In a survey that challenges widely held stereotypes, U.S. students rate their schools higher and take more business, computer and economics classes than Japanese youngsters do.

The Junior Achievement-Gallup International Youth Survey of 750 American and 790 Japanese junior and senior high school students released Friday found:- 56 percent of U.S. students say they have a "great deal" or "quite a lot" of confidence in public schools, compared with 44 percent of Japanese.

- More U.S. students than Japanese students claim they are "very interested" in studying math, arts and music, science and business. Japanese interest exceeds that of Americans only in social studies and history - 36 percent to 33 percent - and foreign language study - 43 percent to 31 percent; - Nine out of 10 American students think their high schools do a good job teaching math and English, while only 70 percent of Japanese felt their schools teach math well and 68 percent believe schools teach Japanese well.

- U.S. students are three times more likely to complete business or economics courses than Japanese students are: 54 percent of U.S. students say they've taken such courses and 29 percent say they plan to. Among Japanese, 18 percent say they've taken such classes and 20 percent say they plan to.

- 41 percent of American youngsters polled have studied computer science and 23 percent say they plan to, while 12 percent of Japanese have studied computers and 23 percent say they plan to.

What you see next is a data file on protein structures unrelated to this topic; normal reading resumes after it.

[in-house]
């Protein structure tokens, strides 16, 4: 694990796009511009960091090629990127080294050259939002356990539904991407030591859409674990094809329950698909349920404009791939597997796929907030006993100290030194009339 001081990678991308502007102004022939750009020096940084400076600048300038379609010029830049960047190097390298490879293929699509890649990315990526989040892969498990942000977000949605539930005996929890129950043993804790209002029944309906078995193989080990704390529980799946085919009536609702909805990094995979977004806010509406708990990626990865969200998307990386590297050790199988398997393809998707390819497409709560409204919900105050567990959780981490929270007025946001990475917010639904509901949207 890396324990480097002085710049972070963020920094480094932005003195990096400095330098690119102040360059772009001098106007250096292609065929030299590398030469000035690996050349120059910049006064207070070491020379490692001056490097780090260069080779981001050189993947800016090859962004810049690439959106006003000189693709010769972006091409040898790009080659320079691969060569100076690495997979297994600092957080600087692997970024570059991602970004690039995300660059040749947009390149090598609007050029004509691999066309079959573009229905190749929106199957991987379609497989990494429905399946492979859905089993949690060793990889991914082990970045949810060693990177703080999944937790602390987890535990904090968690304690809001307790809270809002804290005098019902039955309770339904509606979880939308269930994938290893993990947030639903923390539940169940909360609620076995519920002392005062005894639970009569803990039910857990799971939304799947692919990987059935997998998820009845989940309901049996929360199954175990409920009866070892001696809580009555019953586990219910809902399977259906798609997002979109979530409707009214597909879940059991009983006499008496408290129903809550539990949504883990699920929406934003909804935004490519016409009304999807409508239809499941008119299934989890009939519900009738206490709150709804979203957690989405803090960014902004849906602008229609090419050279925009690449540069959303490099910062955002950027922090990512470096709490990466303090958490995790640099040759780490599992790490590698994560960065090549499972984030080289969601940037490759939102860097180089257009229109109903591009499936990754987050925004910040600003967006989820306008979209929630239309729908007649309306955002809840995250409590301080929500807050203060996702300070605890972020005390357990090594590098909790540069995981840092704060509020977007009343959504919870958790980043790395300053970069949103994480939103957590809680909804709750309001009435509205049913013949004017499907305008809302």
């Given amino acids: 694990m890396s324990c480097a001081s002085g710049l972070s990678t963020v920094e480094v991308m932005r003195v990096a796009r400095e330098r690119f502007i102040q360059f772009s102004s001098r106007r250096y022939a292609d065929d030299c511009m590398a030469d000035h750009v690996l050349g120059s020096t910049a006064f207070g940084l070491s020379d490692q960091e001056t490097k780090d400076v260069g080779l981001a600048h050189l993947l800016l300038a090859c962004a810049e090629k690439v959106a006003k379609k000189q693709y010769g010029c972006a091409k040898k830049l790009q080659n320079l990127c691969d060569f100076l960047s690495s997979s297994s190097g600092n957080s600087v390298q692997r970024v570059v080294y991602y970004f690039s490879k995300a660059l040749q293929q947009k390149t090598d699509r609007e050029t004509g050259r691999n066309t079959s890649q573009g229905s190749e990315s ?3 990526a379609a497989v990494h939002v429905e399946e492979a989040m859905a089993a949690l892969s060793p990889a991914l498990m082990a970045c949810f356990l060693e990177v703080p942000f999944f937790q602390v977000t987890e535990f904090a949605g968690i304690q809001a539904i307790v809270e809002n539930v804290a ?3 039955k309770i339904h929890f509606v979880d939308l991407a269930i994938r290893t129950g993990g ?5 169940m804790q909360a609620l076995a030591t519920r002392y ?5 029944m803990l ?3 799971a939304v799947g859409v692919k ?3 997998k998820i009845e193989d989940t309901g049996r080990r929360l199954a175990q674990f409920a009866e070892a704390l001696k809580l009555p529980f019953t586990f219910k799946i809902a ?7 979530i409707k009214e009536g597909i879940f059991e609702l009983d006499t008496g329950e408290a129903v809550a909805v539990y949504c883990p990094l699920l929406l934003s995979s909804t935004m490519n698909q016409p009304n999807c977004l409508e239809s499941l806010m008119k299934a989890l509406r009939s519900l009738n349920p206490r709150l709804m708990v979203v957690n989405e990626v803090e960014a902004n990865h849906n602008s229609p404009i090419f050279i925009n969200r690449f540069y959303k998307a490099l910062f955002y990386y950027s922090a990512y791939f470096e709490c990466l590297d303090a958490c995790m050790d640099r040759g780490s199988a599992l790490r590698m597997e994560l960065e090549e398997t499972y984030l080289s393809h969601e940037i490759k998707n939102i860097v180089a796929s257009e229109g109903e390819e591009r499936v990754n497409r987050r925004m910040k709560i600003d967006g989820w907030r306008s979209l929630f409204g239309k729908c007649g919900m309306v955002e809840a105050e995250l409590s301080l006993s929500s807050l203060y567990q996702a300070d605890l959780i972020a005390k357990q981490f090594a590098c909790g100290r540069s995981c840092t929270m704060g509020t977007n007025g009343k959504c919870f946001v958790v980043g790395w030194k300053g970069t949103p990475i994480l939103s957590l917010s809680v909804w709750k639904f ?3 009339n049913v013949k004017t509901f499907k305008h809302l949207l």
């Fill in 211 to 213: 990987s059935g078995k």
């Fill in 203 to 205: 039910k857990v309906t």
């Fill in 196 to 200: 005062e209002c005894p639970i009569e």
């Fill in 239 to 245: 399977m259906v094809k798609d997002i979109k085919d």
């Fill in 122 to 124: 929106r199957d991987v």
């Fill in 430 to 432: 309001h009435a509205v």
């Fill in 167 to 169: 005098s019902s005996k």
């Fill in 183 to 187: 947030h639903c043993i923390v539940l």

"Working with computers does not play much of a role in the Japanese school," said Merry White, a sociologist at Boston University who has studied Japanese education. She said Japanese teachers see computers as robbing them of classroom time. She added that Japanese youngsters generally learn computer literacy at home.

- On the other hand, just 8 percent of U.S. students say they've taken calculus, compared with 27 percent of Japanese youngsters.

The poll, conducted by telephone last February, drew from a nationally representative sample of youngsters from both countries. It aimed to measure student attitudes toward money, schools, businesses and other institutions. The margin of sampling error ranged from plus or minus two to four percentage points, depending on the number of respondents.

The survey shows U.S. students surprisingly optimistic about their schools and themselves compared with their Japanese counterparts. The findings thus apparently place American students' perceptions squarely at odds with the many critiques leveled at U.S. public education during the past decade.

But one critic said the survey may indicate that American students are more deluded about their schools.